Less severe allergic reactions can occur but are still serious. These occur within 4 hours of the injection and can include:

  • hives
  • swelling
  • wheezing or respiratory distress
  • general headaches

Symptoms of a possible blood clot can include:

  • chest pain
  • shortness of breath
  • swelling in your legs
  • abdominal pain
  • severe and sudden onset of headaches
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In March 2021, several European countries paused the use of the AstraZeneca COVID-19 vaccine after several reports of blood clots. The clots that are linked to this vaccine have very specific characteristics:

  • They occur in less common areas of the body, like the abdomen or brain.
  • People affected also have low platelet levels.

It was found that people with these blood clots showed some symptoms similar to a condition called heparin-induced thrombotic thrombocytopenia (HITT).

HITT is a rare side effect sometimes seen in people who have used heparin, an anticoagulant medication. But the people vaccinated had never taken this drug. Researchers refer to this new condition as VITT (vaccine-induced thrombotic thrombocytopenia).

At this point, researchers are not sure which part of the vaccine is causing an immune response against a platelet factor involved in this reaction.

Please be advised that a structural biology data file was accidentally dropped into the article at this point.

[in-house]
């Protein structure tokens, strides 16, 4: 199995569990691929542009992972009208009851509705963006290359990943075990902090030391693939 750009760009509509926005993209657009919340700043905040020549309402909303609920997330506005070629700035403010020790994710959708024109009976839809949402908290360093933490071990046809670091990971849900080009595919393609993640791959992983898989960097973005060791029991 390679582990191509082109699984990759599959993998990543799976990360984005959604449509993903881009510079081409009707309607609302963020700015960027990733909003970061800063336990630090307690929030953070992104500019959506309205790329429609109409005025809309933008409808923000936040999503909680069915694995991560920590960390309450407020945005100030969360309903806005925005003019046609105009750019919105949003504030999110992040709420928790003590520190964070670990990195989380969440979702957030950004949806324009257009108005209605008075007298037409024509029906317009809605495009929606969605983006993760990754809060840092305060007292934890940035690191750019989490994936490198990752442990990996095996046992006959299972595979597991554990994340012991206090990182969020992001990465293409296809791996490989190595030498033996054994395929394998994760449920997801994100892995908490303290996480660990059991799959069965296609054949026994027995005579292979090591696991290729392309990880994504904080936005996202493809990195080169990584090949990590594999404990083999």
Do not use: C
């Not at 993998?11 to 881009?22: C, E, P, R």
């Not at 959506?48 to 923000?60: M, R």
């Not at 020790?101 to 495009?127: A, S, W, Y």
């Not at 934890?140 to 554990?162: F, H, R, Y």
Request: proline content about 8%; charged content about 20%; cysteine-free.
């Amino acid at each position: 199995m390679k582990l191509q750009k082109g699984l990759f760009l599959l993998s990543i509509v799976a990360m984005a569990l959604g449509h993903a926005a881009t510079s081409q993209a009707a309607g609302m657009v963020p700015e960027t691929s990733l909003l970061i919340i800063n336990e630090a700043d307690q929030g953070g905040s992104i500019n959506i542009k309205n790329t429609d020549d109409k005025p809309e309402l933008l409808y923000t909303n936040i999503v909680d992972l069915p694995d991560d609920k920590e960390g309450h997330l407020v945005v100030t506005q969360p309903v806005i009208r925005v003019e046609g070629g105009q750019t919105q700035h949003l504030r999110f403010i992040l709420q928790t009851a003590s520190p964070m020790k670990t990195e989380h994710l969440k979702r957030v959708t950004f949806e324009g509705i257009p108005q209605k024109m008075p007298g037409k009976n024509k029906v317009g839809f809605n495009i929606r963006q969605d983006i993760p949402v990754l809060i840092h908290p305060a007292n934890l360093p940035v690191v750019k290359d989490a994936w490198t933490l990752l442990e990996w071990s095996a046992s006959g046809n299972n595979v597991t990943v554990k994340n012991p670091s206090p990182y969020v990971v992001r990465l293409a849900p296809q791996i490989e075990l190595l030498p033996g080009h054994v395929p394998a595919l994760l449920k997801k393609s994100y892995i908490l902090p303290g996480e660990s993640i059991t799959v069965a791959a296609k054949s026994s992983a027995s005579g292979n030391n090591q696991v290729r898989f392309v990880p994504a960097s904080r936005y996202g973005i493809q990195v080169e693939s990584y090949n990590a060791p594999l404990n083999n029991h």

A similar response has been seen in the Johnson & Johnson vaccine, which also uses an adenovirus. But this response has not been seen in the vaccines that use mRNA, so it may be an issue with vaccines using an adenovirus.

Although this is a serious adverse effect, it’s also important to look at the context.

Over 20 million doses of the AstraZeneca vaccine have been given in the United Kingdom. The risk of a serious blood clot is about 1 in 250,000 people or 4 in 1 million.

COVID-19 carries a much higher risk of blood clots: 7.8 percent of people who have had COVID-19 also had a pulmonary embolism, and 11.2 percent experience deep vein thrombosis.

The AstraZeneca vaccine uses a common cold-causing chimpanzee adenovirus, or a vector, to transport some of the spike protein in DNA to your cells. Your cells then take that DNA and convert it into the spike protein of the virus. This is what the virus uses to enter cells and cause an infection.

Your cells set up an immune response. Instead of making the virus, they create its outer shell. This is because actual coronaviruses are made up of single-strand RNA, not the DNA in the vaccine. So you do not actually get an infection with the disease.